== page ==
What Is The Best Age for Kids to Learn a Second Language?

Children are like a sponge. Or, so they say. Because of their natural curiosity and ability to learn quickly, it’s common knowledge that it’s best to start teaching children anything at an early age. This includes a second language. In fact, according to recent research, the earlier a child is taught a second language, the better. Although when language acquisition skills peak is debatable, many agree that the older the child is, the harder it is for a child to learn a new language.

But, of course, these are not definitive, so, we still haven’t exactly answered the question, “what is the best age for kids to learn a second language?”

Start As Early As Possible

When we say as early as possible, it means when the child starts to be cognizant of their surroundings. You might think that 2, 3, or 4 years old is too young to start learning a second language, but it’s not. As mentioned already, the earlier a child learns a second language, the better.

But, why so young, you may ask? At such an age, most children haven’t even mastered their mother language yet. That’s true. Between 2-4 years old, children are barely able to speak properly in their native language. However, retention of words isn’t exactly the main point.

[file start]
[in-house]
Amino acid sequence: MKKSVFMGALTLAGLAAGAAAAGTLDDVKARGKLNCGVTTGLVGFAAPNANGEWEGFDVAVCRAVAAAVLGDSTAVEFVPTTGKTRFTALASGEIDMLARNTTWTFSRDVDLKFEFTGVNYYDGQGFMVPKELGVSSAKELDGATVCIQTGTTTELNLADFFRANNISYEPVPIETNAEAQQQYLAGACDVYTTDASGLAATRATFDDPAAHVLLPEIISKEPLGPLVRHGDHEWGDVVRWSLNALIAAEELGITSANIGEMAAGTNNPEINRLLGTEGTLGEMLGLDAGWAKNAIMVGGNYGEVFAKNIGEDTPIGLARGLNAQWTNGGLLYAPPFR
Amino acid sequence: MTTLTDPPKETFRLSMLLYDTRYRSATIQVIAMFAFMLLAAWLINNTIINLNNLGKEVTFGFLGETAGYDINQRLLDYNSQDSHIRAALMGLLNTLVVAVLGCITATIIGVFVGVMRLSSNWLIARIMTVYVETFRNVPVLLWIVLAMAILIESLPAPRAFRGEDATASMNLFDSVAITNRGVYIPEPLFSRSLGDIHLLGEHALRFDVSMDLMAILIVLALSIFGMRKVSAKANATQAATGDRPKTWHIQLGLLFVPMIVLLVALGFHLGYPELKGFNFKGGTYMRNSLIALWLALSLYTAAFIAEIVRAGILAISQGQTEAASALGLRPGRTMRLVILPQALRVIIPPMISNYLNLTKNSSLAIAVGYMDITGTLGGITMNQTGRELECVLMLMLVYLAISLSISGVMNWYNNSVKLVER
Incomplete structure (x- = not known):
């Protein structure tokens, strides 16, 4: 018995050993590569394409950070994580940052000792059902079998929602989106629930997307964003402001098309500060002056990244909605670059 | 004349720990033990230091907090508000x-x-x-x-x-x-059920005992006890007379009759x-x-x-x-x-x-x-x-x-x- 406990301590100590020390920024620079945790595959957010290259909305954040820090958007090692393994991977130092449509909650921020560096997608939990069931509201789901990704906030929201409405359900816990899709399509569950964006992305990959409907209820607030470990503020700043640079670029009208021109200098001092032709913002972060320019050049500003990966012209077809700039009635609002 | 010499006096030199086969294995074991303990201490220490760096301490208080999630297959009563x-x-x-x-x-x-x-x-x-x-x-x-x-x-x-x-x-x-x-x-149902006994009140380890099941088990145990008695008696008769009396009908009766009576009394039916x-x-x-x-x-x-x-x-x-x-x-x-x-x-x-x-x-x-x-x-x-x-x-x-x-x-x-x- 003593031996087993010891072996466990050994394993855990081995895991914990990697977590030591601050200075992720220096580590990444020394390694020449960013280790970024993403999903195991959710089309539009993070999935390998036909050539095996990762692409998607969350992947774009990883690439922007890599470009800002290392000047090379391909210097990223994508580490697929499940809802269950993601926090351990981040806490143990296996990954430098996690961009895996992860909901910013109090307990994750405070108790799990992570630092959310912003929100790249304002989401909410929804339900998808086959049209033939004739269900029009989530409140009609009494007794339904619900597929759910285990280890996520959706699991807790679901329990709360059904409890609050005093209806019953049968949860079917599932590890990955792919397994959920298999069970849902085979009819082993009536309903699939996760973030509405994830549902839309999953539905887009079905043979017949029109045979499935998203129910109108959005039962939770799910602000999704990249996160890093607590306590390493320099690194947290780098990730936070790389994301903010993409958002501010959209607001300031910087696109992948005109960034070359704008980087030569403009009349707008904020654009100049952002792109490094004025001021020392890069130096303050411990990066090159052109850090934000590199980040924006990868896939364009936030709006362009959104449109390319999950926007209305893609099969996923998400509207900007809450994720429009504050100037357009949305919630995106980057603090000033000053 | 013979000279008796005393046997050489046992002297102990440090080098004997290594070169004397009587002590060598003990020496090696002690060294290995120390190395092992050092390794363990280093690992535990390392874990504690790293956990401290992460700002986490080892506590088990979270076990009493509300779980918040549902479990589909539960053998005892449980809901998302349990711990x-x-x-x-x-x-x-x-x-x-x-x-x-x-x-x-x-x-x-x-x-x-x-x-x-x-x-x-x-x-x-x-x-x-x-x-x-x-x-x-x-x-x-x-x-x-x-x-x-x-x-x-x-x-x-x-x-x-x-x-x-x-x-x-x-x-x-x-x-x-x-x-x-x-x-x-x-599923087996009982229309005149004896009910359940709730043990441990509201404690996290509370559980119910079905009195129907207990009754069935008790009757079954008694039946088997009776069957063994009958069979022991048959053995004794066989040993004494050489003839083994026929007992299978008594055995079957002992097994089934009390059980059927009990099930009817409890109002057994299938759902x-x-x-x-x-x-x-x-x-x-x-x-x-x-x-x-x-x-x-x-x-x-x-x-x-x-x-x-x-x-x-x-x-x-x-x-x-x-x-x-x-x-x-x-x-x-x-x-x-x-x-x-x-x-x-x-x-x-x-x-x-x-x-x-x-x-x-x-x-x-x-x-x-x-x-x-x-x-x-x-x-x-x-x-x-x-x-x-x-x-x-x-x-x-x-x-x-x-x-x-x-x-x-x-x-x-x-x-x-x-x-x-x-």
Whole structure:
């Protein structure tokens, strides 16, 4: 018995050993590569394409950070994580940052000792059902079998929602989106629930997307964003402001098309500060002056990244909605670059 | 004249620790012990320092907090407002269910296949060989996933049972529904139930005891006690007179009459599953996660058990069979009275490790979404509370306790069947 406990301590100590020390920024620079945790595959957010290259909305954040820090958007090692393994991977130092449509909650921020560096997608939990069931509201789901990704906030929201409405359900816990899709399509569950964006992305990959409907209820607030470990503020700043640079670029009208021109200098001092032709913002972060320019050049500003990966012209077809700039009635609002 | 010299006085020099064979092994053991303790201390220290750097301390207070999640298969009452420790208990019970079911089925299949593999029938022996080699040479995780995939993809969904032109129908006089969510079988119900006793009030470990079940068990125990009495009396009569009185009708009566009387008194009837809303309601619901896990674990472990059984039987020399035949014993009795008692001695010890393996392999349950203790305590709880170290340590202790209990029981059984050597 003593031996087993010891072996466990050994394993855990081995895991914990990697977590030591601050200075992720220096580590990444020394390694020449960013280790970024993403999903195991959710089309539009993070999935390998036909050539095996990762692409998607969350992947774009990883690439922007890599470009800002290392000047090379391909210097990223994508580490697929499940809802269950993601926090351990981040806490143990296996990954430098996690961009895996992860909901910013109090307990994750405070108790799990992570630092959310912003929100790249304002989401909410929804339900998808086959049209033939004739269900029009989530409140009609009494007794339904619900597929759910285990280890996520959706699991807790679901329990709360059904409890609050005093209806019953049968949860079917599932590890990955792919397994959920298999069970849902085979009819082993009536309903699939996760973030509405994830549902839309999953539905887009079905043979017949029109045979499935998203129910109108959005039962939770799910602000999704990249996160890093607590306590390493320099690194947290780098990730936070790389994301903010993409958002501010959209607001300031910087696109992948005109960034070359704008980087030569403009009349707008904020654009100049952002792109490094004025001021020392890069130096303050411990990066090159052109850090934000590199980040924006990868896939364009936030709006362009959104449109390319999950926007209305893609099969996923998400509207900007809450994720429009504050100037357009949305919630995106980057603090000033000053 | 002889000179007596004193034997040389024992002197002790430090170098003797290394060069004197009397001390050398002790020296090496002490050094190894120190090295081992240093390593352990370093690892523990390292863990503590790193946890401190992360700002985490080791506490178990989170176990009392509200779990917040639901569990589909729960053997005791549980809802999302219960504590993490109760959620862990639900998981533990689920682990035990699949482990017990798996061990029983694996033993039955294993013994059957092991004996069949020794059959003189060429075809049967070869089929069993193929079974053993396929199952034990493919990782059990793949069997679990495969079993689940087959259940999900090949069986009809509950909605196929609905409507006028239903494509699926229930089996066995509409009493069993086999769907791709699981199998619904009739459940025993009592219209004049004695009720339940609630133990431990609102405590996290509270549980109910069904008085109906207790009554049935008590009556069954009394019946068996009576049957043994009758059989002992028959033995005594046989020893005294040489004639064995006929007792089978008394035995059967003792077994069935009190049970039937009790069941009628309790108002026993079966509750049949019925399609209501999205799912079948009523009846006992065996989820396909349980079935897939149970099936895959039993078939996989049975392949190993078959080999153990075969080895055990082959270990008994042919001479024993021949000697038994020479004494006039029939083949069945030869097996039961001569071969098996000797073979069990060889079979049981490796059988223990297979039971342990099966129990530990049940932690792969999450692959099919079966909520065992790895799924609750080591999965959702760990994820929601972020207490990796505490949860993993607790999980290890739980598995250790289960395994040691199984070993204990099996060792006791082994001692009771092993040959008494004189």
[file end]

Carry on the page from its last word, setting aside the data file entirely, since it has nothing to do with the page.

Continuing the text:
According to a recent study by the University of Harvard, teaching children multiple languages during their preschool years (the first three to four years of a child’s life) helps lay a solid foundation for their creative skills and critical thinking going forward.

So, basically, by choosing to teach your children multiple languages early on, even if at an informal setting, your child will benefit a lot from it, despite your child not even remembering much a few years later.

Temper Your Expectations

Learning doesn’t necessarily mean mastering, so try to temper your expectations a bit.

Even if your child started learning the Mandarin language really early, it might take years of study for your child to be fluent in Mandarin and reach a Native speaker’s level. The learning process will not happen easily or quickly, especially if you pressure your child.

What’s important is that you make your child see that learning a new language is a fun and enjoyable process. This way, your child is more receptive and more likely to learn the language as opposed to dreading it.

As for families who speak different dialects at home, then there’s good news for you – children can start learning multiple languages the moment they are born, which gives them a head start compared to other children.

Is It Ever Too Late To Learn a New Language?

Past puberty is considered when the language acquisition skills have started to decline, but that doesn’t mean you shouldn’t bother teaching your child another language, or even learning the Mandarin language yourself. There’s really no age limit when it comes to learning a new language. The only limit is yourself.

So, what are you waiting for? Whether it’s for your child or for yourself, learning a new language offers myriads of benefits. Even if you don’t end up speaking the language on a native level, being bilingual is still better than knowing just a single one!

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